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Quarantine life has me watch a ton of movies. Many are repeats, but even more are new to me. Of the latter set, quite a few are movies I never saw when they first came out, going all the way back to childhood (e.g., Taxi Driver). This past weekend, I watched Grosse Point Blank (1997) for the first time, which gave me a thought. I’ve noticed that 90s movies seem to hold up far better than 80s movies, and I’m not sure why. Is it because the filmmakers of the 90s were better at their craft, or is it because I’m more emotionally attached to the 90s? The latter makes more sense, but it could actually be both. Note: For the purposes of this post, my definition of “hold up” is I like the 80s or 90s movie even though I’ve seen it for the first time within the past 10 years. An equally interesting definition is Later generations like the movie. I’m curious as to whether any of you have had the same experiences in that regard as I did.
Is It Me?
I always try to place my bias in check, and I certainly have a bias when it comes to the 90s. Movies from a shared era follow similar themes, so a movie from a given era can often represent that era well. I don’t want to bring down the conversation, but to address this I have to point out a few things. My childhood wasn’t exactly happy, nor were my high school of college years. They were actually quite miserable, and I haven’t maintained the few, weak friendships I had from those eras. If it weren’t for Facebook, I would never have heard from them again, and that’s the extent of our relationships to this day. In fact, I have better online relationships with people I’ve never met. On the other hand, I finally had the “college experience” when I attended law school in my late 20s to early 30s. That was 1996-2000, and it was literally the best time of my life. I have close friendships with the people I met there, and whenever I drop into Chicago, my schedule is packed. This could certainly affect how I view movies from that era.
The Case Against the 80s
The best way to assess which decade holds up better is by watching movies for the first time at a much later date. I missed a ton, but I’m sure all of you missed at least a few. A good example of a cult classic that I didn’t see until after 2010 is Ferris Bueller’s Day Off. I don’t want to rain on your respective parades, but that was some stupid shit. To start, because of a scene appearing in the script that never made it to the screen, we know how Ferris financed this remarkably expensive day: He stole his parents’ bonds and cashed them in. I already hate this punk, though it wasn’t on screen, so perhaps we should ignore that one. That’s fine, because the dumbest part about the movie it its lesson. If you give it some thought, the moral of the story is “If your father claims you’re too irresponsible to drive his expensive sports car without destroying it, teach him a lesson by stealing the car, irresponsibly destroying it, and taking out a large percentage of his house along with it. That’ll show him!”
Only a kid in high school could get behind that.
Seriously, that’s stupid, but I fully expect you to like it if A) you’re in high school, or B) you first saw the movie when you were in high school. This is one of many examples of 80s movies I didn’t see until my 40s or later.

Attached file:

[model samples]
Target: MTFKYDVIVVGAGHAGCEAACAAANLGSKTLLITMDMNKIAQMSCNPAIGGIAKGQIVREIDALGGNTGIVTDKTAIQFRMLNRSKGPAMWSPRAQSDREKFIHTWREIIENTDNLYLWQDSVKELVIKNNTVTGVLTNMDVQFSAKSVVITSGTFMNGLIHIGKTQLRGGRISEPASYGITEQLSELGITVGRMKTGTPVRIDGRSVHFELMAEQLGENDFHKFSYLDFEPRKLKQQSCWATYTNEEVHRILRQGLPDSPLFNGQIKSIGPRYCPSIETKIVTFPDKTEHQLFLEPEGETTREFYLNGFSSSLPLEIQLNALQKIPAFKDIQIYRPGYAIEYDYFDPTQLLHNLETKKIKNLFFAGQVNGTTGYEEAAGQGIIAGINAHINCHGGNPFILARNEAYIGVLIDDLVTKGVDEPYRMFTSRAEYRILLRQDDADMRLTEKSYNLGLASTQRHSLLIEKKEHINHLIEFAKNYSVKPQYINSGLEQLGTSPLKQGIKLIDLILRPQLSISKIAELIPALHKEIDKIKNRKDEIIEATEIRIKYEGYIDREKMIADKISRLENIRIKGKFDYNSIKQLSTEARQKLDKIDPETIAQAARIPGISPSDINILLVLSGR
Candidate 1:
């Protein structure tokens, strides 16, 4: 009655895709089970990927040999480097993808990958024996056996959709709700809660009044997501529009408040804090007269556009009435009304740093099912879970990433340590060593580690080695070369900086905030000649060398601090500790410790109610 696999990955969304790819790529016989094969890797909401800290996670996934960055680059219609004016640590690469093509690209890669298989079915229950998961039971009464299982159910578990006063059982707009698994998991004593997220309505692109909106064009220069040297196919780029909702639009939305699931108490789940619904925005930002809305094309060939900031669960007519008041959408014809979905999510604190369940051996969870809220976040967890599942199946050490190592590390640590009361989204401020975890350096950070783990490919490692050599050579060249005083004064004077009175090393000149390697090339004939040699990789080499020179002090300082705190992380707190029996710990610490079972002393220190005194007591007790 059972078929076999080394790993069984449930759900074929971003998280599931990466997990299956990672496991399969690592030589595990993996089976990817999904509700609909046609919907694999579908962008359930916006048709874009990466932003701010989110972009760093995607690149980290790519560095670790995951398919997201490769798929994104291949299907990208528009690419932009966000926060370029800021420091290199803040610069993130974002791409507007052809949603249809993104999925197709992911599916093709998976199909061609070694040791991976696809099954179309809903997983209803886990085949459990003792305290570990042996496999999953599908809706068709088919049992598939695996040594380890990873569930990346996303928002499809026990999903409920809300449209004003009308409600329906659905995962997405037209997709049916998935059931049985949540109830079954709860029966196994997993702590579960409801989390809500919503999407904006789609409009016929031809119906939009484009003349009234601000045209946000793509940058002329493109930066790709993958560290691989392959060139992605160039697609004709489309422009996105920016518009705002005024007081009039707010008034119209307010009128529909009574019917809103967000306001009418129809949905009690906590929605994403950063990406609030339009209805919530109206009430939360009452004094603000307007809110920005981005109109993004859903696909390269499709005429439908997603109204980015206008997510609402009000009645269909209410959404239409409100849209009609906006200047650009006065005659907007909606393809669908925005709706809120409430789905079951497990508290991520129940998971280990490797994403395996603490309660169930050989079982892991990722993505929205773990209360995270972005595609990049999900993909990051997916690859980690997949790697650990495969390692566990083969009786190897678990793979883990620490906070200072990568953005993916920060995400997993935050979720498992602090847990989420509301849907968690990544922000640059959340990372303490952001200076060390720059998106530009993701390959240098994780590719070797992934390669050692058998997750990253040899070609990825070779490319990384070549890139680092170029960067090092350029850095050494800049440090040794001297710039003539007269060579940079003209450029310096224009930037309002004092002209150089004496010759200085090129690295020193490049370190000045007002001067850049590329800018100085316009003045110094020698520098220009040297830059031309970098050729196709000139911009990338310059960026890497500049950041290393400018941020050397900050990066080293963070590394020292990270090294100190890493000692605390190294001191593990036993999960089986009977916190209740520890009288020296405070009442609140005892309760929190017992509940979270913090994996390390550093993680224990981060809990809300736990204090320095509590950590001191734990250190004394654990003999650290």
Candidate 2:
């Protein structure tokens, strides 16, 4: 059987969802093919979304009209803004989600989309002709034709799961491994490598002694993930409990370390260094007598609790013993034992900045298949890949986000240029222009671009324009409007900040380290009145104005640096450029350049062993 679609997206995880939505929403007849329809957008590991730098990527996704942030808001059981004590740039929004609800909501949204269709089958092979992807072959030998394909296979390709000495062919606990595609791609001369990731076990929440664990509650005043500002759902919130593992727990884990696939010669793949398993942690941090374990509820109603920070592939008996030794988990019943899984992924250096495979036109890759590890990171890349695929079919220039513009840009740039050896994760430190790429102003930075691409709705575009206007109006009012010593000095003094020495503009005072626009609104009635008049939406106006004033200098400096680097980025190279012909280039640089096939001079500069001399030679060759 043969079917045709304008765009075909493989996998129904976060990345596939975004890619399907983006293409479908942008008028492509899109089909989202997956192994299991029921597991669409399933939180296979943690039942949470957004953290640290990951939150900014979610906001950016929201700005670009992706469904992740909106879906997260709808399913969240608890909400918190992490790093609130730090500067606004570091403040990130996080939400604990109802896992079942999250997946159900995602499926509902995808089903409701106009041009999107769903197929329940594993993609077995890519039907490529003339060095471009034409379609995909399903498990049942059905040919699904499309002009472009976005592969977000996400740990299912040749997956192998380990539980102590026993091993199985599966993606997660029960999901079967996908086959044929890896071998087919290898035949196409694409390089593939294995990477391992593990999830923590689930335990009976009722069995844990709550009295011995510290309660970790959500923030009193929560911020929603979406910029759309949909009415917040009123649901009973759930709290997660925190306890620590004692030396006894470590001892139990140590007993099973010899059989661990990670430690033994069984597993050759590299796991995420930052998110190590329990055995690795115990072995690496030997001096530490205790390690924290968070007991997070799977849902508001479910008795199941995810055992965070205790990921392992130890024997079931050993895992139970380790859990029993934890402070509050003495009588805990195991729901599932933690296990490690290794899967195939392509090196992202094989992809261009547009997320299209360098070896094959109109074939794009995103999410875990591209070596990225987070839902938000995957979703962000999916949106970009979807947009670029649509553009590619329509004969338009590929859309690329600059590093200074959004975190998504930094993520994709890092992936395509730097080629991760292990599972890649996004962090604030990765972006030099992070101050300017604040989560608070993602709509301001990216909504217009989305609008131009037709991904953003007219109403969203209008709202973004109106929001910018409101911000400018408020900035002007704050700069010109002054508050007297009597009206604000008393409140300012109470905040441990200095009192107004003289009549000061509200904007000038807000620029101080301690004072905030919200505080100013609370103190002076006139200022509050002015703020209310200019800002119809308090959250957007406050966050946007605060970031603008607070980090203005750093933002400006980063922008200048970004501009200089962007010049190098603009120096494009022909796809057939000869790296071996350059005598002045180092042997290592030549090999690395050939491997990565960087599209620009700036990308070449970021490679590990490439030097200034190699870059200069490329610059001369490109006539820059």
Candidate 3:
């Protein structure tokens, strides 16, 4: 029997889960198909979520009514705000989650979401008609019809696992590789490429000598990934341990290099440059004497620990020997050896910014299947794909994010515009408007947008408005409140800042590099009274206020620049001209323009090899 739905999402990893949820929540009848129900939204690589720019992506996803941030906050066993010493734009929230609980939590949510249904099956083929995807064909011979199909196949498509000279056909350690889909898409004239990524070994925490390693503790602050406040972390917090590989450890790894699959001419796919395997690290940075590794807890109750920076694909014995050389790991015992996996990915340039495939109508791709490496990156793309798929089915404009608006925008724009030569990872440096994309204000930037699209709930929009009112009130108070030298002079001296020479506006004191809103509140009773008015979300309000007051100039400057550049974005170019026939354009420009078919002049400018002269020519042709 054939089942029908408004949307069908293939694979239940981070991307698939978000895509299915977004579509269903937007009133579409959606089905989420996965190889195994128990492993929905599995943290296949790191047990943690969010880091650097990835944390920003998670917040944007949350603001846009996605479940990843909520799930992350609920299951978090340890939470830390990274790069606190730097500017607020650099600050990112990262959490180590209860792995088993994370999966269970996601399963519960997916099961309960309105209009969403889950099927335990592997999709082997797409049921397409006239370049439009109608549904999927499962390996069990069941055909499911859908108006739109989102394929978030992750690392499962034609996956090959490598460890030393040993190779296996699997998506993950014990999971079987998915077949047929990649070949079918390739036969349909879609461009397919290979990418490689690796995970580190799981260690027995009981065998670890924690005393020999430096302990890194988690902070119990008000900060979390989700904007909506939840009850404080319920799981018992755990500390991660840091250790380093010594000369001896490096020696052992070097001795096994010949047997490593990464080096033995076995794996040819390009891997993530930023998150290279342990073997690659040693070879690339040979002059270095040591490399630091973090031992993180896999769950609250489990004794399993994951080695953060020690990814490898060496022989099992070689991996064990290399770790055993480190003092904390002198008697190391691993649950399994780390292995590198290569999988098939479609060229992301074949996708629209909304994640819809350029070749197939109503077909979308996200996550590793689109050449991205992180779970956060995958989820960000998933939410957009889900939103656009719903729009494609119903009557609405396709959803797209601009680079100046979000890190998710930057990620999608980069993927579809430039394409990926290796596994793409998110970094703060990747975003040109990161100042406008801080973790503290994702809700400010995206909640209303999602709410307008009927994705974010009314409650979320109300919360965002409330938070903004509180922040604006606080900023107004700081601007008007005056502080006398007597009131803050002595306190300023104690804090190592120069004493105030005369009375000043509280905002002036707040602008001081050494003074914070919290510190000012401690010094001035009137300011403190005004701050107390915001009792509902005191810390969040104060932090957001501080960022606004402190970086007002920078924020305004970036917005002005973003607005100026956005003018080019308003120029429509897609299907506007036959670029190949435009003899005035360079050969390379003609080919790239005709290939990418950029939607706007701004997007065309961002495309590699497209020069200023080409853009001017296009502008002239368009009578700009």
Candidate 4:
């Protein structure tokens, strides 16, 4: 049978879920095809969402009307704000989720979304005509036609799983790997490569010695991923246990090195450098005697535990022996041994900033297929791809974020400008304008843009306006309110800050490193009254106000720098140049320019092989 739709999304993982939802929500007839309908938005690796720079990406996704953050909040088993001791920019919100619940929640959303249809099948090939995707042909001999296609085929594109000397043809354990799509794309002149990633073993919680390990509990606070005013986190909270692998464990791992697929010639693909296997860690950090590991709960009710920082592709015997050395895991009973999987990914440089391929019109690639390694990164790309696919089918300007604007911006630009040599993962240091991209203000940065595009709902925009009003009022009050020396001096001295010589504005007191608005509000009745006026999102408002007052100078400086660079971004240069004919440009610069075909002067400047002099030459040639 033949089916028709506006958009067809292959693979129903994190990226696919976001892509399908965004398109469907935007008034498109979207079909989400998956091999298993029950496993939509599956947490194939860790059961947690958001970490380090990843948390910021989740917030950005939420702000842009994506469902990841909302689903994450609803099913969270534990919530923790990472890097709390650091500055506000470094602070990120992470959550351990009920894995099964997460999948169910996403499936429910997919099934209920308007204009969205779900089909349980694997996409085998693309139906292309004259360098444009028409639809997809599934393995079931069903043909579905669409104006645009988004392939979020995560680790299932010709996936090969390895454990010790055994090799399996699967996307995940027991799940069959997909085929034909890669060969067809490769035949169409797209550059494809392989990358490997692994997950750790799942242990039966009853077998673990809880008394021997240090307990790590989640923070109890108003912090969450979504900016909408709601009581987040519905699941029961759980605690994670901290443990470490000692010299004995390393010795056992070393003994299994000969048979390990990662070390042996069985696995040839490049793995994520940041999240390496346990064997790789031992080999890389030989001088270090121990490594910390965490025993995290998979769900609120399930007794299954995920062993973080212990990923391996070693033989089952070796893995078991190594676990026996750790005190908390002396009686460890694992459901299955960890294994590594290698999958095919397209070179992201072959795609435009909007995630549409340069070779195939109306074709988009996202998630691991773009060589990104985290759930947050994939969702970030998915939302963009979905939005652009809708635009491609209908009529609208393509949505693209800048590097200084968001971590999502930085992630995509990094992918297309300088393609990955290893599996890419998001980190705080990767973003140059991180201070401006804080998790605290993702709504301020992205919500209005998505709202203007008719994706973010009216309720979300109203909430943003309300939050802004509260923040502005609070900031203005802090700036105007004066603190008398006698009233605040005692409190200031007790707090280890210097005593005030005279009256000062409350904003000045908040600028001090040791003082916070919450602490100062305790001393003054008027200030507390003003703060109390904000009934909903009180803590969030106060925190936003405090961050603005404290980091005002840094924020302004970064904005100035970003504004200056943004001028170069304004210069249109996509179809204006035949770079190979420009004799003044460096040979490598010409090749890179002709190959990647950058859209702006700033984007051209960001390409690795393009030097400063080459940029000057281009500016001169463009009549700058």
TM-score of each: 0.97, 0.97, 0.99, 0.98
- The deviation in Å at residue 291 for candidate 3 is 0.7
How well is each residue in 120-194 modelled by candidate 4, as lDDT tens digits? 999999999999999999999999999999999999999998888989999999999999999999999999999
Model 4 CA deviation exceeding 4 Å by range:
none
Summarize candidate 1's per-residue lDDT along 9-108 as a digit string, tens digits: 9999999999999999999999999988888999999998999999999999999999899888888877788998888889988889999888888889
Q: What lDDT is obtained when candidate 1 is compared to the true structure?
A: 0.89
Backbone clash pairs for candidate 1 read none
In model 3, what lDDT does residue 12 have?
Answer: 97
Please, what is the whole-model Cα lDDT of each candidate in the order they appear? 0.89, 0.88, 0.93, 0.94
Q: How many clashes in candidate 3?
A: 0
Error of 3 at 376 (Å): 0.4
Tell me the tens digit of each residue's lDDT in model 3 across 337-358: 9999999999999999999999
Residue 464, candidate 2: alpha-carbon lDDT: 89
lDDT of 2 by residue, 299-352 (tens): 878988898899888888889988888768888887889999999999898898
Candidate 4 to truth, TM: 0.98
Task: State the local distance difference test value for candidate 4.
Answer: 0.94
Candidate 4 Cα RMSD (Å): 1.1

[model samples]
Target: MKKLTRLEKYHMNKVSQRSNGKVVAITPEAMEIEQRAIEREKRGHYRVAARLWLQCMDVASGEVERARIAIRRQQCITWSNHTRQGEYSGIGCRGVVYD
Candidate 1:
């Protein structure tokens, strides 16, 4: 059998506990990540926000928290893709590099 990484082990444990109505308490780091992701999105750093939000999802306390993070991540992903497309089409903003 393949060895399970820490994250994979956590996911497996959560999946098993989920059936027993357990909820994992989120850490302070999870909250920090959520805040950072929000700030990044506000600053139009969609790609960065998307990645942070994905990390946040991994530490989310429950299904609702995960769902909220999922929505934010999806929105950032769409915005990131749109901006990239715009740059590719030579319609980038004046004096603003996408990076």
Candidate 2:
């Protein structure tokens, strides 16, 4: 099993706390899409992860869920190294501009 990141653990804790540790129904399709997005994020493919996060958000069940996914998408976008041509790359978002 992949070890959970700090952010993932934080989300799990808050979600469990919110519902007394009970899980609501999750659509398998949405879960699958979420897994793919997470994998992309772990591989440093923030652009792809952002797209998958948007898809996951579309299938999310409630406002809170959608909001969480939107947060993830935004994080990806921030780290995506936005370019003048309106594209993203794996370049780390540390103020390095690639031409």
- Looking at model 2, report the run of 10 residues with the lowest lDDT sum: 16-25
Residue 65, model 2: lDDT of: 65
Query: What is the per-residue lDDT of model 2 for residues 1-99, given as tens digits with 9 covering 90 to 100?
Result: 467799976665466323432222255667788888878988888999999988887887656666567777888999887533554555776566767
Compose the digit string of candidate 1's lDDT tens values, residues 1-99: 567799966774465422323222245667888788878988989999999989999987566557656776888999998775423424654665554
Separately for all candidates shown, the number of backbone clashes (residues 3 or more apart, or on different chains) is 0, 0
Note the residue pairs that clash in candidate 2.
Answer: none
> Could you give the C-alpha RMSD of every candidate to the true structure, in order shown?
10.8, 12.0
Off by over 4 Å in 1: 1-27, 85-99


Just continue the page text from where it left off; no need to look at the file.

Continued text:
Other examples: The Dark Crystal (1982), Willow (1988)
Notable exception: The Princess Bride (1987). That holds up as well as any movie in history.
The Case for the 90s
The Big Lebowski. QED.
Alright, alright; here’s a little more. I first saw that movie about 5 years ago (2015 or so). It’s one of the funniest movies I’ve ever seen, and for a comedy to be funny to a later generation (which I effectively represent) says a lot about how well it was made. Usually, the joke gets lost on future generations. Dramas aren’t immune to this effect either. Grosse Point Blank did not evoke any emotional effect (other than some of the music), but I still enjoyed it more than I do most 80s movies.
Notable exception: American Pie (1999). Even though I still find the film funny, the surveillance scene doesn’t hold up well at all, though I understood that when I first saw it. I was in law school at the time and thought, “Everyone involved should go to jail.”
Facts are facts, but there’s no escaping the emotional bonds you have to media. Sometimes facts and emotional bonds are in sync. I suspect they are here. The 90s win.
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2 thoughts on “90s Movies v. 80s Movies #QuarantineLife #movie”
A movie is made for a target audience. Ferris Bueller was made for teens. If the first time you see it, you’re not a teen, and furthermore you went to law school, then you are not the target audience. You are not expected to like it. I don’t want to play with My Little Pony toys. It’s not because they’re bad toys, or they “don’t hold up.” I’m not the demographic.
And yet, adults like FBDO. Why? Because they’re emotionally attached to their childhood, and that movie reminds them of their childhood. Yet, they claim it’s because it’s a good movie. The point of “not holding up” is that it doesn’t appeal to the same target audience from a subsequent generation. In any case, the point is this: My personal experience is that 90s movies do a better job translating to later generations than 80s movies do. I’m curious if others have that same experience.
Also, I don’t see why the fact that I went to law school has anything to do with this. 🙂